study what you love, but you’ll need a job

The implicit message I received as a high school student was to pick a college major I was interested in. It didn’t matter what a student majored in; a bachelor’s degree would open the door to a fulfilling, well-paying job.

That message made sense in the late 1990s, when the economy was humming.

Throughout college, my peers and I were still largely told to simply follow our passions. In one of the classes I took for my minor in sociology, the professor told us most students don’t get jobs in their majors anyway.

I was a journalism major, a course of study I chose because I wanted to work in journalism. I really hoped my sociology professor was wrong.

I graduated from college in 2004. Now my peers and those a few years younger are seeing the folly in believing that students can major in whatever interests them and have an easy time finding a good job after college. In excruciating, depressing detail, my local newspaper, The Philadelphia Inquirer, has devoted a series of front-page Sunday reports to the struggles twentysomethings are facing in an economy worse than America has seen since before we were born.

Their stories are heartbreaking in their familiarity. Take the 24-year-old University of Pennsylvania history graduate whose annual earnings total $12,000:

“The good schools project this image that if you have our degree, it’s a ticket to any job you want — which is obviously total B.S.,” he says. “I don’t think I was properly informed of the negative side to all this.”

The Great Recession seems to have prompted a healthy shift in how students are told to decide which path to pursue in college. Now they’re told to be more pragmatic than we were. There is an increased emphasis on STEM (for the uninitiated that stands for science, technology, engineering and math). This makes sense because our country is lacking professionals who excel in those disciplines. Surely, many students who haven’t thought about working in those areas would enjoy technical vocations. I have several friends who are engineers, pharmaceutical researchers and medical workers on various levels. They might not be able to walk right into a job, but they have a much easier time finding work than I. Their paychecks aren’t bad, either.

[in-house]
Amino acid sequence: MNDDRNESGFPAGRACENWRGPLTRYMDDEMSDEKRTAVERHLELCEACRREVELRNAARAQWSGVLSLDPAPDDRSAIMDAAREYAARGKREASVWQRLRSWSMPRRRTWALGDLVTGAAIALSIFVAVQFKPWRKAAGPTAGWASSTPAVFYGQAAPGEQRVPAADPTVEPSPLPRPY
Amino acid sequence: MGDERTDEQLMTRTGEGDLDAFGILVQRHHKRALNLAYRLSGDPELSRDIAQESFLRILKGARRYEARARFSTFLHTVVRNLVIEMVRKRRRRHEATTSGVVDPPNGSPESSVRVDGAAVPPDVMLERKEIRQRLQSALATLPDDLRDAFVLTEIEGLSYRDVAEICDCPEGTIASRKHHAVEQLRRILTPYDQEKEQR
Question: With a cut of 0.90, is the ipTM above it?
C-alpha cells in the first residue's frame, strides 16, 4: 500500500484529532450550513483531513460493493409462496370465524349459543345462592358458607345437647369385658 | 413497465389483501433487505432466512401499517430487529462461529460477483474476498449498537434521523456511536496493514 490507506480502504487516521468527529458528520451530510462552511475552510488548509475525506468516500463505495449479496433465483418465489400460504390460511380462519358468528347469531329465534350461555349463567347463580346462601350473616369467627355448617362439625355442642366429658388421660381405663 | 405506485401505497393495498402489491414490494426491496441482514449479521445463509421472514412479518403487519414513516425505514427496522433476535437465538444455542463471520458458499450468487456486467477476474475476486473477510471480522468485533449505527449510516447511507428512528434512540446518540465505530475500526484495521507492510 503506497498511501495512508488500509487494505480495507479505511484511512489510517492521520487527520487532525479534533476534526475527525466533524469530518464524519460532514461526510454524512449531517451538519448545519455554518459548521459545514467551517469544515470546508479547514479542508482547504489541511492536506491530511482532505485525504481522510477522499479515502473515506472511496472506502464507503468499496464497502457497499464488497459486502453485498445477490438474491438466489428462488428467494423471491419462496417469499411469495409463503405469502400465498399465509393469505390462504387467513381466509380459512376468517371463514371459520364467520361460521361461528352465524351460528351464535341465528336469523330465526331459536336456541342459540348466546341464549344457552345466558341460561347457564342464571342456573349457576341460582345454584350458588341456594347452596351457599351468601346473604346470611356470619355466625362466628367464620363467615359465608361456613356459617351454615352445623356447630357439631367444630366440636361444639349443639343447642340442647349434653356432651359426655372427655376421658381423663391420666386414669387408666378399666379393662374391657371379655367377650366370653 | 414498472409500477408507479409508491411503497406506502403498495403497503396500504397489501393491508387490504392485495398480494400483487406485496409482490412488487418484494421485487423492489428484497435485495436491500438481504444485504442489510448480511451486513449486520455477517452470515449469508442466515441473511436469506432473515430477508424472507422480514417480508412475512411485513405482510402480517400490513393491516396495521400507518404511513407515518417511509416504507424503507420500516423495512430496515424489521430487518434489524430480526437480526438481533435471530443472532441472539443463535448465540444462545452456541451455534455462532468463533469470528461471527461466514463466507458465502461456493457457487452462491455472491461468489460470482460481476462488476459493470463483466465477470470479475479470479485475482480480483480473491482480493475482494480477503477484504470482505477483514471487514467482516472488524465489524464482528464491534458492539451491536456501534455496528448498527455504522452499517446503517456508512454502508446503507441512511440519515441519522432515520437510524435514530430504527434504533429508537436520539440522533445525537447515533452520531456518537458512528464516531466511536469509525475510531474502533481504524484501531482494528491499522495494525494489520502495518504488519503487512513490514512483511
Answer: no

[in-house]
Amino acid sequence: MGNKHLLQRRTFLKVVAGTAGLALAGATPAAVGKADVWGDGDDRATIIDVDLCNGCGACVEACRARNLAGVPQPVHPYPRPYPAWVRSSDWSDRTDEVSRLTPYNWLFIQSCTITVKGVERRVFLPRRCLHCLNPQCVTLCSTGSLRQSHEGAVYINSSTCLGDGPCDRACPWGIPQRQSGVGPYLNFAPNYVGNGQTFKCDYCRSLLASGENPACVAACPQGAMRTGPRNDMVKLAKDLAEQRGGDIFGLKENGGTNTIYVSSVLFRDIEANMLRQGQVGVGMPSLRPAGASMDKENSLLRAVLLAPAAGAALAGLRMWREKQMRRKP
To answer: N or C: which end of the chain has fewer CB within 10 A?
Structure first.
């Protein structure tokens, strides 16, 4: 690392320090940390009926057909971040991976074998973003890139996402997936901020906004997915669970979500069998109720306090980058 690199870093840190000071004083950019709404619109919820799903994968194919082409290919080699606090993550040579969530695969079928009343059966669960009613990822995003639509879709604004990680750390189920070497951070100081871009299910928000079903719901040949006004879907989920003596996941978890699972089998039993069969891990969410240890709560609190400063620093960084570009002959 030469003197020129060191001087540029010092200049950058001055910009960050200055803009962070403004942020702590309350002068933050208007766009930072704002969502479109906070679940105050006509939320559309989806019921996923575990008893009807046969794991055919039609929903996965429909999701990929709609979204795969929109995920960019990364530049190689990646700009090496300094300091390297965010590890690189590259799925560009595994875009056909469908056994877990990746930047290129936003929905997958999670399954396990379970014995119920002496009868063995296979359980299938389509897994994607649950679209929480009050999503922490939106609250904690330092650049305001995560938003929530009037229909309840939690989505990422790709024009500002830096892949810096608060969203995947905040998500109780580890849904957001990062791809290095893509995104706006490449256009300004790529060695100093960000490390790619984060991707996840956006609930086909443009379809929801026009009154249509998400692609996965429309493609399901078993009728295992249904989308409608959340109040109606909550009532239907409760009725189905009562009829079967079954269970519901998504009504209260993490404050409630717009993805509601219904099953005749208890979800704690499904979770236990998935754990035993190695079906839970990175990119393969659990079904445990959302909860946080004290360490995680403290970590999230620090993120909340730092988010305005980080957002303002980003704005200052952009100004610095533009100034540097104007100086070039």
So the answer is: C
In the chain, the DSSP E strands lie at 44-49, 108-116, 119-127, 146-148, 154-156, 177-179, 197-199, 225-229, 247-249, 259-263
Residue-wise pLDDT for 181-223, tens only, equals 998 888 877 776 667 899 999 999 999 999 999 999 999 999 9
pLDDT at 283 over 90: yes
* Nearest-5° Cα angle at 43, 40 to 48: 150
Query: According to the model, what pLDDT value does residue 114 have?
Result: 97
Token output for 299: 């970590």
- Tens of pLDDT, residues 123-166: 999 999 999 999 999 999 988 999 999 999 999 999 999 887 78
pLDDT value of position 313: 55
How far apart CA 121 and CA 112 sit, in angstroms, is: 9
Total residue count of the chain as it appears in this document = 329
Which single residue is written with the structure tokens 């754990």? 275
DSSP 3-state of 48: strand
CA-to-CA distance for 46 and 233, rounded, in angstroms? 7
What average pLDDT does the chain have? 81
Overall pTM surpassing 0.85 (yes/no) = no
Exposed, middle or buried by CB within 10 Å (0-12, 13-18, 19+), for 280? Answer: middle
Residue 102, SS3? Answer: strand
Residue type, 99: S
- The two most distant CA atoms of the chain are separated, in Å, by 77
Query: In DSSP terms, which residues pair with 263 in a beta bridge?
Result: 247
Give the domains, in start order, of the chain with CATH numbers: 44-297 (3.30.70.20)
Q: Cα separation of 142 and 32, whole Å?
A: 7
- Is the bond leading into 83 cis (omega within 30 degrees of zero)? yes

But not everyone can be a scientist. Some, like me, just aren’t cut out for it. Besides, if everyone majors in nursing or engineering because it’s practical, where will our future English teachers and photographers come from?

The struggles my generation faces illustrate the importance of every student having a different mindset than what we were told a decade ago: Pick a major that reflects your interests and passions. But keep in mind that you’ll need a job to go with that diploma.

That’s why one of my favorite series of writing assignments comes from a client that publishes magazines for high school students. A few times a year this client assigns me to find examples of what college graduates with certain majors have done with their degrees.

I’ve interviewed professionals with degrees in “practical” fields like math and engineering. But I’ve also spotlighted “fluffy” degrees including political science, religious studies and the arts. Many of the people I’ve interviewed have told me they are using their degrees for jobs they didn’t know existed. And a lot of them have changed their minds once or twice about what they wanted to do. But the important thing is that they explored potential careers and how their majors would help them on paths toward those careers. Every young person should do that.

Students who are in high school, and even the early years of college, don’t need to have a specific career in mind right away. But we can’t tell them to follow their passions and expect good jobs to materialize. As legions of twentysomethings will tell you, that simply doesn’t work.

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